Dual GPLv3 and Apache License?

Hi,

Is it possible to release a JUCE app under the GPLv3 license, but also add the Apache license too? According to [0] the gnu.org website, Apache 2.0 is compatible with GPLv3 from what I understand. The question here is does JUCE allow compatible GPLv3 licenses to be combined?

For context, the use case is really 1) to have a license with a known foundation behind my source code, and 2) the explicit wording about not granting use of trademarks.

Any info appreciated!

[0] https://www.gnu.org/licenses/quick-guide-gplv3.en.html

You can’t release a JUCE app (which is a combination of the JUCE code and your own code) under the Apache license, since that would mean re-licensing the JUCE code, and you don’t have the right to do that.

You can license your own code under any number of licenses you want. It’s yours. However, the license of your code might have to follow the GPLv3 when combining it with the JUCE code.

Right it seems like it should be that way, but the JUCE wording says your code needs to be GPL too, it doesn’t say your code just needs to adhere to the GPL license like is normally the case. So it’s actually not purely GPL, but is asserting what the license for ones own code must be in clause ( c ):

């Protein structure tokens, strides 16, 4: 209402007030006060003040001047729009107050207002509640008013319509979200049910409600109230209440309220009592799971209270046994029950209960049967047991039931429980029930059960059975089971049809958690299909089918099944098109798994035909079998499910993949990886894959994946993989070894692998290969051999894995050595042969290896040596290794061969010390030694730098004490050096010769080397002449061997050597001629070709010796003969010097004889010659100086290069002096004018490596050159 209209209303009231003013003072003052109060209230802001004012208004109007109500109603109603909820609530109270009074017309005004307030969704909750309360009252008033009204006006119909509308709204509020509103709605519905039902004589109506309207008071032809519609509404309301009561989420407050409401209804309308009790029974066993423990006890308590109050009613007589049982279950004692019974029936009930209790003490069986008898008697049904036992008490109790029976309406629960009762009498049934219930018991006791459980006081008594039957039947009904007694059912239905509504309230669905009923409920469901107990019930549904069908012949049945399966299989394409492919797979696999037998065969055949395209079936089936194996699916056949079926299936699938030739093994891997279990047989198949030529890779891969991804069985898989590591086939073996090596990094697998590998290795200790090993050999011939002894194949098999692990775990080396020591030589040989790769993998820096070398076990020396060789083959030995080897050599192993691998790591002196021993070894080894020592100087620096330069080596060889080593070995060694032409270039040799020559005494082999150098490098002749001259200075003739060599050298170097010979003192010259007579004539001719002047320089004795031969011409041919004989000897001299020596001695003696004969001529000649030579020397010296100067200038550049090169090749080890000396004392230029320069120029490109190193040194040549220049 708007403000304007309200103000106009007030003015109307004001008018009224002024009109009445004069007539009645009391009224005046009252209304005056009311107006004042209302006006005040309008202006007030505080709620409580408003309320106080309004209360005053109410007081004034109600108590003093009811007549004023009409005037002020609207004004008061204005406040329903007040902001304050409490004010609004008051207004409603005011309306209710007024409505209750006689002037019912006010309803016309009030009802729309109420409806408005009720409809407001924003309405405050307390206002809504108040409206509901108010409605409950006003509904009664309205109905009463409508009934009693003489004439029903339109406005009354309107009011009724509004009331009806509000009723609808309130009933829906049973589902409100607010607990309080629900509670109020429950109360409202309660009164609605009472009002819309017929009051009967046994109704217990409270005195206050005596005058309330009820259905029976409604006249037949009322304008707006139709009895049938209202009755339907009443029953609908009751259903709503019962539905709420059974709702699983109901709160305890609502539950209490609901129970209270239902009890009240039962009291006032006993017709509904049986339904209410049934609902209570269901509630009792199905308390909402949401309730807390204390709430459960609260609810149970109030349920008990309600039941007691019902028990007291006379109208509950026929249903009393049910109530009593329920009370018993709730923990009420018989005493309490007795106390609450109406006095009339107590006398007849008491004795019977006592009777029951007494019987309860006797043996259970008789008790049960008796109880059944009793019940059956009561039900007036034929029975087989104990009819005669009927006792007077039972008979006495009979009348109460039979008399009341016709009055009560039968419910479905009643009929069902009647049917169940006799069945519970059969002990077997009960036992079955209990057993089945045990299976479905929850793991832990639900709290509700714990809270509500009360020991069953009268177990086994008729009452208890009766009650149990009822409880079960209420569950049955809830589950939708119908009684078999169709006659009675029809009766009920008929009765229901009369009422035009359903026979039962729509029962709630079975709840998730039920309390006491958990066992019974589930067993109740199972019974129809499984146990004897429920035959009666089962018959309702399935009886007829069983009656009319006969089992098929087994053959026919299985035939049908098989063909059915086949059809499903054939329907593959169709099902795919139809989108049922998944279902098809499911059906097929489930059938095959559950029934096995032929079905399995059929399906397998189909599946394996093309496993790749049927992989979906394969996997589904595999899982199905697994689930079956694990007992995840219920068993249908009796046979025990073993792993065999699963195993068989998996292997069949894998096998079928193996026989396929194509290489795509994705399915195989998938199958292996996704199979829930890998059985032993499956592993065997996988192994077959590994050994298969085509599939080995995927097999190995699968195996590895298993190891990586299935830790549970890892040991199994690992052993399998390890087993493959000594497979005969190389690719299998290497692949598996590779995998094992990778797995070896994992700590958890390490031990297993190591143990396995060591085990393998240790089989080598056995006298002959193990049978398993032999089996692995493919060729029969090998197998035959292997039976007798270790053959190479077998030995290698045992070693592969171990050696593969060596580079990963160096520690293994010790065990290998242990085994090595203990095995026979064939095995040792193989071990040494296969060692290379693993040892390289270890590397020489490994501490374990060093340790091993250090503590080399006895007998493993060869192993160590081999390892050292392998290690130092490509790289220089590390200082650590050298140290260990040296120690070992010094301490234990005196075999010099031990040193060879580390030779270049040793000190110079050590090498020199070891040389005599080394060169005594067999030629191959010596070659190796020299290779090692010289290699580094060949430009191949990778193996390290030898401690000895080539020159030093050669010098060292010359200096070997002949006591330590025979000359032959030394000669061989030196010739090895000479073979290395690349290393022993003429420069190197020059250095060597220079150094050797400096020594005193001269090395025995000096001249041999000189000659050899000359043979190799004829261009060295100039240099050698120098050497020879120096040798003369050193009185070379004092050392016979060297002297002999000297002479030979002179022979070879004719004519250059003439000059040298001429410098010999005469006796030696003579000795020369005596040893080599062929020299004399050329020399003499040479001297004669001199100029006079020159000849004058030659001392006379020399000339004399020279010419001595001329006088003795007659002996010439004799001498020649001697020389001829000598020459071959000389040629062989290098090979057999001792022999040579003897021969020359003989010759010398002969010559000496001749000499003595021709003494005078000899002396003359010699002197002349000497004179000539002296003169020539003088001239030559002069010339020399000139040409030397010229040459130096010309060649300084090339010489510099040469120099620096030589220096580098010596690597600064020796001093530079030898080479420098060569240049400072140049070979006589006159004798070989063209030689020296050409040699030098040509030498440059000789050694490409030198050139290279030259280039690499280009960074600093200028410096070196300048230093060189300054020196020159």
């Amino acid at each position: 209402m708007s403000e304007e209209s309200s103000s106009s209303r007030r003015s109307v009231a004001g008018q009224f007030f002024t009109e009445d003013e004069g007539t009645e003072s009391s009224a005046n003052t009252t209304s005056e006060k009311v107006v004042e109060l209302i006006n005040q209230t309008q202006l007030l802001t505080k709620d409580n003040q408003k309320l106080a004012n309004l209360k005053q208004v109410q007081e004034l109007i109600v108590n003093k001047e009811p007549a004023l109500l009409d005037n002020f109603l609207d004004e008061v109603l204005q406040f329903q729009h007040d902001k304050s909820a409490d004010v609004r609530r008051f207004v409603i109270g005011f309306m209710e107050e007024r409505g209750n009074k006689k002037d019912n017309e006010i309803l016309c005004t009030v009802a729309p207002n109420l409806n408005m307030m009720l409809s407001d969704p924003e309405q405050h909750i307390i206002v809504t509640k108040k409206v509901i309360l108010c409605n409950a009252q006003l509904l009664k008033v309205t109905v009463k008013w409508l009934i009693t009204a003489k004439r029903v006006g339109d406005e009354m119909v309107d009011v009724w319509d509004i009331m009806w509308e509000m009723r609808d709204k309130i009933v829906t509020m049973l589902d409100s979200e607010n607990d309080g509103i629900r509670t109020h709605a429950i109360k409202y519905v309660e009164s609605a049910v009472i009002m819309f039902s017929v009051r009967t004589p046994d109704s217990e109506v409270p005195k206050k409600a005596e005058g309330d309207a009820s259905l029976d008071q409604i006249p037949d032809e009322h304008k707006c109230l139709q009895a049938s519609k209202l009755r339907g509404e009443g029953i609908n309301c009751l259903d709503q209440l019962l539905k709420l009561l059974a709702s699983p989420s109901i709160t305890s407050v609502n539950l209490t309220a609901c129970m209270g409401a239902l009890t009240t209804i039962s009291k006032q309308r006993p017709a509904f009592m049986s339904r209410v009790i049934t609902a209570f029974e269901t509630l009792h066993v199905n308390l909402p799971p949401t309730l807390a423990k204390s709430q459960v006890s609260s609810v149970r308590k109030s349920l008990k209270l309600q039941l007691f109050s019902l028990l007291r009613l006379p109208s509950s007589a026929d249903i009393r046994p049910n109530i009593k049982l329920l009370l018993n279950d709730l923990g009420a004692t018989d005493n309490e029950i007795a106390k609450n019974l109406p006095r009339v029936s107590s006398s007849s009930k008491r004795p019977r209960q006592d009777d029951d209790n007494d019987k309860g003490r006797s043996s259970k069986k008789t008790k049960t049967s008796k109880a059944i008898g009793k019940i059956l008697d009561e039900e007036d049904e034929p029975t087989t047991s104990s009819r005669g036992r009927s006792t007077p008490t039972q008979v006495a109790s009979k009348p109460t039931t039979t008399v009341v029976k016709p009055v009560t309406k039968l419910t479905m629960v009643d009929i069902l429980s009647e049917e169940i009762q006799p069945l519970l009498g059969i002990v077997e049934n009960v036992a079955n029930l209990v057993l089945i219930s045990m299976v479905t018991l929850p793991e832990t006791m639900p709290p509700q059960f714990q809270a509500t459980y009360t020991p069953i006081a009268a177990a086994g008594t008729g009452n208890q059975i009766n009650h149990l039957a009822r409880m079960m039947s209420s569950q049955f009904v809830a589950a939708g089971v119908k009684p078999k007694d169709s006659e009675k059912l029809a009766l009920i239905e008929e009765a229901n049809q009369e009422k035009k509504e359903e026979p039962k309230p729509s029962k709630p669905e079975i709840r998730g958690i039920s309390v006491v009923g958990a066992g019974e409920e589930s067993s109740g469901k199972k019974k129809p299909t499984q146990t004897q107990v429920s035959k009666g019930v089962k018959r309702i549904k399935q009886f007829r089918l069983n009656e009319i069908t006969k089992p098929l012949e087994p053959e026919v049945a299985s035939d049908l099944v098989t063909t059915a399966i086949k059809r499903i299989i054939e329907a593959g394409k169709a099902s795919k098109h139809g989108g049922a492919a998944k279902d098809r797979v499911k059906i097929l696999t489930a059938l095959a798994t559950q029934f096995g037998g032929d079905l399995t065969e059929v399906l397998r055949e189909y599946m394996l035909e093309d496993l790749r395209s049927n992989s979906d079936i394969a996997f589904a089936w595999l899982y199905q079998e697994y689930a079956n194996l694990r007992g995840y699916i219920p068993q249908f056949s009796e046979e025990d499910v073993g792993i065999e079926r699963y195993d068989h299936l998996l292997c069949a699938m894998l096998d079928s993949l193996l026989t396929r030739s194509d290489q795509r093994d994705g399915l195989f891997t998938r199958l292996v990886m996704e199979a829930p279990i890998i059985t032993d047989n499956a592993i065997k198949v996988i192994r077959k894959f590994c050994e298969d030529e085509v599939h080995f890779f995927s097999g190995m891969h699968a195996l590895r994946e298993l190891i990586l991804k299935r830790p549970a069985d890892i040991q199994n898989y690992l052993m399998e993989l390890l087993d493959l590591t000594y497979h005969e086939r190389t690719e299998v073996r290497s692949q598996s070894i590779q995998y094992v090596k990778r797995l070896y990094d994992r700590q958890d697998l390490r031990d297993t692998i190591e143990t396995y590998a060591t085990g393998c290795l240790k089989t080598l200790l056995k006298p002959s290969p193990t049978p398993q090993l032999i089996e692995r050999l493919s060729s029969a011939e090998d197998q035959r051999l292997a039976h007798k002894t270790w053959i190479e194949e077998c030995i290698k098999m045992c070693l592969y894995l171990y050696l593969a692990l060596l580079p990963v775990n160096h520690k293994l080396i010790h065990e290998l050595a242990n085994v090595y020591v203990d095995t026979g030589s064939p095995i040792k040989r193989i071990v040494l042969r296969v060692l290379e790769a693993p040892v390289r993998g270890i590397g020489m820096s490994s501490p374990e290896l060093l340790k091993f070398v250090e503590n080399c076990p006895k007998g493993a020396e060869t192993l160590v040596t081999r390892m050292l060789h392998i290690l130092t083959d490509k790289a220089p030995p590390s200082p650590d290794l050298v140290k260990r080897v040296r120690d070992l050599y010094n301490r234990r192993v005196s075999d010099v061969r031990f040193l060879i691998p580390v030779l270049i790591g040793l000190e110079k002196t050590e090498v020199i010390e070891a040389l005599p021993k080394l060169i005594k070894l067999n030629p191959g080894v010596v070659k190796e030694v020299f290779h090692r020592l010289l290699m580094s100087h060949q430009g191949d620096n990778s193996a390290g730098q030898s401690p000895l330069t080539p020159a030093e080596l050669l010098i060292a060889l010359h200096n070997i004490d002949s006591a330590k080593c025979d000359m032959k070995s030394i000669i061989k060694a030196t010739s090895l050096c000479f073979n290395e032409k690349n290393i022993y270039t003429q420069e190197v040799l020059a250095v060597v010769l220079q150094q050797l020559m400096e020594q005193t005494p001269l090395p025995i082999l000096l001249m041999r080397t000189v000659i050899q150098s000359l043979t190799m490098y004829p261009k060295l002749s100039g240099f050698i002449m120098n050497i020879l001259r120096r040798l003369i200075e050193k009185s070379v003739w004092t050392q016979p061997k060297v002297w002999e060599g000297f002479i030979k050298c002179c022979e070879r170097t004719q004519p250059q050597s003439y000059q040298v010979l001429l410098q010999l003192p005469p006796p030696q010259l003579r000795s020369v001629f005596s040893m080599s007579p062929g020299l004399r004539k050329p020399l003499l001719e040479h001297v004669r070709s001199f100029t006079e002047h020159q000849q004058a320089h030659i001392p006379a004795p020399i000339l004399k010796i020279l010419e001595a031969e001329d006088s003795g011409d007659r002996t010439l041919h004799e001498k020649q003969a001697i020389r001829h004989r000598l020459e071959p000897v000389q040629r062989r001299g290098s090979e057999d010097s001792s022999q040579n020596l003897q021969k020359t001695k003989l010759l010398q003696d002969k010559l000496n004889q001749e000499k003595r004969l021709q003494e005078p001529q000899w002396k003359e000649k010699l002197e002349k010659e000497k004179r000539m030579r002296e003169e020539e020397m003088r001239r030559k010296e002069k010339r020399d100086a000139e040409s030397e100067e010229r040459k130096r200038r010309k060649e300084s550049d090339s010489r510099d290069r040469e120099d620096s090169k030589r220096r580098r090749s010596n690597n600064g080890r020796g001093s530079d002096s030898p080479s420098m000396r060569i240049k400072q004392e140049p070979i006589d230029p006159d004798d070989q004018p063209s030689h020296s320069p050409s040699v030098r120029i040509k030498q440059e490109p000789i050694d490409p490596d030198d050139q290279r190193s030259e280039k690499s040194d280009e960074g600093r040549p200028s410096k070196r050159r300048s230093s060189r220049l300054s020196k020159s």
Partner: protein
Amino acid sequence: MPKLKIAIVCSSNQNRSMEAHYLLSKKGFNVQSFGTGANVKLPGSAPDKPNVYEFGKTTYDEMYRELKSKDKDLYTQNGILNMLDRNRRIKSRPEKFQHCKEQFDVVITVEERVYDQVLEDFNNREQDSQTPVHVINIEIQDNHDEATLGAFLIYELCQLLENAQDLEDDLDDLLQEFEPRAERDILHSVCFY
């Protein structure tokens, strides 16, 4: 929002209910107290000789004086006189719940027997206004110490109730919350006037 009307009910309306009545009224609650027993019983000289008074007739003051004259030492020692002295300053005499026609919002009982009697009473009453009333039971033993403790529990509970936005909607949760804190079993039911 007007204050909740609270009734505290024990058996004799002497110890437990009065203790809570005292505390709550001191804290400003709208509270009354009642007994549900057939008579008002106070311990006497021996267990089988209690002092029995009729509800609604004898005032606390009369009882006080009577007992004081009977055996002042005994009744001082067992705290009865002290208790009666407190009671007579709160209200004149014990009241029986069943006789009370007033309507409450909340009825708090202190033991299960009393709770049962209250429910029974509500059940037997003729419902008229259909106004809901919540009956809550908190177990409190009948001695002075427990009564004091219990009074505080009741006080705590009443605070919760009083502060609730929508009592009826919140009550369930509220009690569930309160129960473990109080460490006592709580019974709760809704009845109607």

( c ) license your Applications under the GNU License

Full section:

During the term of this Agreement, you expressly acknowledge and agree that if you are a JUCE Personal, JUCE Indie, JUCE Pro, or JUCE Education user and the Revenue Limit thresholds, above, are exceeded, then you may no longer use that tier of the Program, and you must either: (a) purchase a different JUCE licence (if eligible); (b) destroy all copies of the Program in your possession or control, and cease distributing your Applications; or in the case of JUCE Personal, or © license your Applications under the GNU License. We may monitor your compliance with and enforce these restrictions and requirements as described in clause 10.4 below.

Source:
https://juce.com/juce-5-license

“your Applications” is not the same thing as “your code”, that’s what I tried to explain earlier.

I see what you mean, that’s not GPL however, it doesn’t preclude other licenses that are compatible with it. You can see in the link above, they’re clear that Apache is compatible, so releasing an app under both licenses is permitted and doesn’t change that the license of the app is also under GPL.

I’m thinking the intention was simply to say they want you to adhere to the GPL license, but accidentally worded it such that it sounds like it needs to be exclusively GPL, and it even changes their own ISC licensed modules to GPL.

Like McMartin said, “your Application” is the resulting binary of combining your code with JUCE’s code. If you use GPL code at all, you need to license “your Application” (the binaries) under the GPL.